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Our Bias, Ourselves

Navel gazing with the experts



In an effort to localize the bias in the media debate, the Independent queried the savvy minds of Michael Roberts, media columnist at Denver's Westword weekly and Dan Njegomir, former editorial page editor for The Gazette, now a Senior Fellow with The Bighorn Center in Denver.

Indy: Why is the liberal media debate so enduring?

MR: It's worked well for conservatives in the past. They've managed to demonize the word "liberal" and by using the media as a straw man they've been able to get a lot of mileage by dismissing all criticism that comes from the press simply by saying: Well, it's biased. It's actually a pretty canny strategy if you think about it.

DN: The short answer is talk radio. But really, it has some legs. There really is a perception that there is a bias in large swaths of middle America, the perception is that it's a liberal bias.

Indy: Why do commentators fail to discuss the corporate ownership of the news in their complaints over liberal media bias?

MR: I wouldn't want to pin the blame for not being up front about this issue solely on conservatives. I do it equally on liberals. In my view, certain media outlets may slant one way or the other, but the mainstream corporate-owned outlets are very much occupying the middle ground. Very seldom do you see anything that anyone but the most paranoid observers could call radical. If something slants one way or the other, it doesn't slant very far.

DN: I have concluded that the two sides of the political divide tend to argue apples and oranges on this issue. When liberals talk about media bias they look at a couple of things. One is ownership. To them, the fact that capitalists own the private capital in a newspaper that means prima facie that it is a conservative institution and reflects the capitalist status quo of America. They also look at the abundance -- and I would argue because of the marketplace therefore the popularity -- of conservative commentators. Both of those are fair points; they're not inaccurate; they're indisputable.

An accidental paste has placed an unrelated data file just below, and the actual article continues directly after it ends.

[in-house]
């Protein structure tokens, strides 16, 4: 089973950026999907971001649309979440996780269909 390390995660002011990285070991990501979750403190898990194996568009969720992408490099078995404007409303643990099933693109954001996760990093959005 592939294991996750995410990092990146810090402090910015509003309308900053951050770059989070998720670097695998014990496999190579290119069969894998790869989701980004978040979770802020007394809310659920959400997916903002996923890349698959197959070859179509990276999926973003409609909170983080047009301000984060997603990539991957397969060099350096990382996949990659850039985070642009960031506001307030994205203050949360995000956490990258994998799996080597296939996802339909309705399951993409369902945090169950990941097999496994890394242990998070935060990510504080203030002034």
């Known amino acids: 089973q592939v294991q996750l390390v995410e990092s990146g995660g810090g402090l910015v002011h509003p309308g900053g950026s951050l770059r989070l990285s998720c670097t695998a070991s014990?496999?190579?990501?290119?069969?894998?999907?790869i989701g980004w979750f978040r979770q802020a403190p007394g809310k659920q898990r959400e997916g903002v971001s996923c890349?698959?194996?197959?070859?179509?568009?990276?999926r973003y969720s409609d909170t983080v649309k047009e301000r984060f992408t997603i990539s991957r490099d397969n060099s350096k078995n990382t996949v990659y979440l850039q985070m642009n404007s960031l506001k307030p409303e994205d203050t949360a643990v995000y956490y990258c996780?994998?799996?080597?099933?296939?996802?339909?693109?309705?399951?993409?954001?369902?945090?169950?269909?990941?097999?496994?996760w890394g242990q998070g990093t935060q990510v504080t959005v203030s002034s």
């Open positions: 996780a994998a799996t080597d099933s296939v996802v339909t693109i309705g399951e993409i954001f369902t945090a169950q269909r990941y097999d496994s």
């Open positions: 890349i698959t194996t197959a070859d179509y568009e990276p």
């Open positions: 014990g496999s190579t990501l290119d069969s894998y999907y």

When conservatives talk about liberal bias, they talk about that area that we news guys call the news hole in print and more broadly -- reportage. They're saying: You guys claim to be objective, but in fact you skew to the left.

Whether you sympathize with either side, you really have to acknowledge that they're talking about two different things.

Indy: What about the idea that a lot of so-called liberal media bias is really just bad journalism? Or that so much of the news media is just sound bite sensationalism?

MR: A lot of this is attempts to decode certain words or phrases which can be seen as ideologically slanted one way or the other. The presumption in this argument is that most people who look at the media are stupid and gullible and will accept anything that's handed to them. Most people I talk to inside and outside the journalism profession are pretty bright about filtering the information they get rather than just accepting it at face value.

DN: Indeed the bada-bing, bada-boom trend in broadcast media at least does probably detract from the ability to project any ideology or agenda, assuming there is one in the first place.

Indy: Who benefits from the liberal media debate?

MR: Clearly people with a conservative agenda benefit from the liberal media accusation because it undercuts any criticism of conservative causes or conservative candidates by its very nature.

Claims that there's a conservative bias in the media, which we're hearing a lot more these days, benefit folks with a liberal agenda because they can claim George Bush is getting a free ride. These things are strategic moves made by canny, political operatives. I'm always wishing that when I hear people comment on this issue that more folks would say, "There's different kinds of bias all over the place and one is as bad as the other. Not, one's terrible and by implication the other is OK.

DN: Are you asking me, 'Is [the liberal media charge] a whipping boy of the right?'

Indy: Yep.

DN: I suppose that happens, but it doesn't preclude there being a liberal bias in the news hole.

-- John Dicker

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